Special Counsel to Investigate Biden over Classified Docs
Attorney General Merrick Garland on Thursday appointed a special counsel to investigate classified documents dating from the Obama administration that were recently discovered at President Joe Biden’s home and office. First reported Monday, revelations about Biden’s illegal possession of classified documents have gradually unraveled all week long, with classified information discovered in a third location on Thursday. The most widely debated angle to the story is over the similarities and differences with former President Trump’s illegal possession of classified documents, which the FBI recovered from Mar-a-Lago in August.
First Classified Documents Reported at Biden’s Office
CBS News broke the story on Monday that “what appear to be Obama-Biden administration records, including a small number of documents with classified markings” were discovered “at the Penn Biden Center in Washington, D.C.,” according to Richard Sauber, special counsel to the president. “The President’s personal attorneys were packing files housed in a locked closet to prepare to vacate office space,” and found the documents on November 2, 2022, before the midterm election. They turned the documents over to the National Archives the next day but did not publicly disclose these facts until news broke Monday.
The Penn Biden Center for Diplomacy and Global Engagement opened at 101 Constitution Avenue NW, in early 2018, in a newly renovated, 13,800 square-foot custom suite. At the time, Joe Biden was the University of Pennsylvania’s professor of presidential practice. Sauber noted that Biden “periodically used this space from mid-2017 until the start of the 2020 campaign.” The New York Post reported that at least 10 top Biden officials worked at the Center, including Secretary of State Anthony Blinken.
The address is “the closest privately-owned office building to U.S. Capitol,” totaling 516,000 square feet; it is jointly owned by the United Brotherhood of Carpenters and Joiners of America and J.P. Morgan Global Alternatives. Google Maps currently lists 63 organizations at the address, including the National Mining Association, Goldman Sachs, the National Indian Health Board, Exelon, Ameresco, and Honeywell. In other words, the building is prime real estate for well-funded lobbyists seeking an audience on Capitol Hill. Its prime location across the street from the Capitol complex would give Biden close access to members of Congress as he contemplated his return to politics.
But prime real estate charges steep rents. Now that Joe Biden was back in office, the Penn Biden Center no longer needed office space so close to Capitol Hill at exorbitant rents — hence the preparations to vacate office space. (It is strange that it took nearly two years, but many office buildings in downtown D.C. stood practically empty throughout 2020-2021 due to cushy, pandemic-related, remote-work provisions. Perhaps with workers returning to the office, rents were scheduled to rise.)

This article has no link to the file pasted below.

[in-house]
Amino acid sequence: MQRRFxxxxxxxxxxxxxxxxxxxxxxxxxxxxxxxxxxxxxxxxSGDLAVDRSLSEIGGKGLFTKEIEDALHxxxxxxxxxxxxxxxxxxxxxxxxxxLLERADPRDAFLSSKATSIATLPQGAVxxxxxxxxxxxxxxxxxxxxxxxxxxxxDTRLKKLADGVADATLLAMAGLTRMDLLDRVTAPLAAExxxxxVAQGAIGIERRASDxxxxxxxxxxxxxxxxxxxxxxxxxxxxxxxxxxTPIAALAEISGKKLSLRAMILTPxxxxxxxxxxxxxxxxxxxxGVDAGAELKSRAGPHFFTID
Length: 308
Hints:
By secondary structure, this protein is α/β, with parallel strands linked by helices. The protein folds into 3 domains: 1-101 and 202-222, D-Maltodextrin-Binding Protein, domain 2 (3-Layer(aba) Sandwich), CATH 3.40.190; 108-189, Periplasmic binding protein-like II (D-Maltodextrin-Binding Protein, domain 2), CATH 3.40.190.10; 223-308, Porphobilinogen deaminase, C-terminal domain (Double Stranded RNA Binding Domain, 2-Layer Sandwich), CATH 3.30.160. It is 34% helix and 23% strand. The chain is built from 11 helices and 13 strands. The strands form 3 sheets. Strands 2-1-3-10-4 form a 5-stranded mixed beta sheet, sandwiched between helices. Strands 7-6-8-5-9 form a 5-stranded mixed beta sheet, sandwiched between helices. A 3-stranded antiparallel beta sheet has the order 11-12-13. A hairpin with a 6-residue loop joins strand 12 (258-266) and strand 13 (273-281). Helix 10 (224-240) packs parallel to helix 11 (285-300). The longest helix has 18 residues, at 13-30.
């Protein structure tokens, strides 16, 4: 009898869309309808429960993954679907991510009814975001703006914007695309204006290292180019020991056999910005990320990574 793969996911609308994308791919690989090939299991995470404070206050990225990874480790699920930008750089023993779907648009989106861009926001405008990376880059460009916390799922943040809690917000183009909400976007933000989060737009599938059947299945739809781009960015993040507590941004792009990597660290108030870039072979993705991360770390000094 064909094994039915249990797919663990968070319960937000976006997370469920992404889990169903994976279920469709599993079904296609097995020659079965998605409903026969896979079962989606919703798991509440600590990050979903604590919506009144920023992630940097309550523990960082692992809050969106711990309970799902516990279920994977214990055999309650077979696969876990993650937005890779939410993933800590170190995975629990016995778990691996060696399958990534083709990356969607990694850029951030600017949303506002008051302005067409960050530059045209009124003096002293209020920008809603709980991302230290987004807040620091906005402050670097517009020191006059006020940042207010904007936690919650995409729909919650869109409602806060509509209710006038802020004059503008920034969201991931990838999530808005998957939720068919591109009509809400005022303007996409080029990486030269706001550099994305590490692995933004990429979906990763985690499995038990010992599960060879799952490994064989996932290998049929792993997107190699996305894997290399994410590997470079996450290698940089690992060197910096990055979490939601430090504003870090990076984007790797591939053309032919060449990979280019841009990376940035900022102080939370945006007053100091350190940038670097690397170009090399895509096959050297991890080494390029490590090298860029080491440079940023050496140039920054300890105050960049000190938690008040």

AG Garland assigned the U.S. attorney in Chicago to review the 10 classified documents in the Penn Biden Center. The documents included U.S. intelligence memos and briefing materials on Ukraine, Iran, and the U.K., dated from 2013-2016. Phill Kline, former attorney of Kansas and now professor at Liberty University School of Law, pointed out on “Washington Watch” that these documents may be connected to the business dealings of Joe Biden’s son, Hunter. “At the same time” that these documents sat in Biden’s think tank, he said, “Hunter Biden [was] on the Burisma board in the Ukraine receiving funds, and Hunter Biden [was] negotiating investment deals with members of the Chinese Communist Party.”
Kline added that the Chinese influence was particularly concerning. When the first classified documents were discovered in November, “Attorney General Garland would know that the University of Pennsylvania had received over $60 million from Chinese sources” because the DOJ was “investigating Chinese influence on U.S. campuses.” In fact, UPenn faculty were instrumental in shutting the DOJ’s investigation down, Kline said. “The University of Pennsylvania wrote a letter to Merrick Garland this past year asking that he end this investigation into Chinese influence on academic campuses in America, calling it racist. And Garland complied.”
These facts, revealed in a steady drip all week, created a firestorm of controversy. For instance, Rep. Jim Banks (R-Ind.) tweeted, “Classified documents were found at Joe Biden’s think tank before the midterms. Why are we just finding out now?” House Committee on Oversight and Accountability Chairman James Comer (R-Ky.) opened an investigation into the cache of documents on Wednesday; among other things, he plans to get to the bottom of the Chinese funding. But in the first maelstrom, many of the first hot takes were overtaken by further revelations.
Second Batch of Classified Documents Reported at Biden’s Home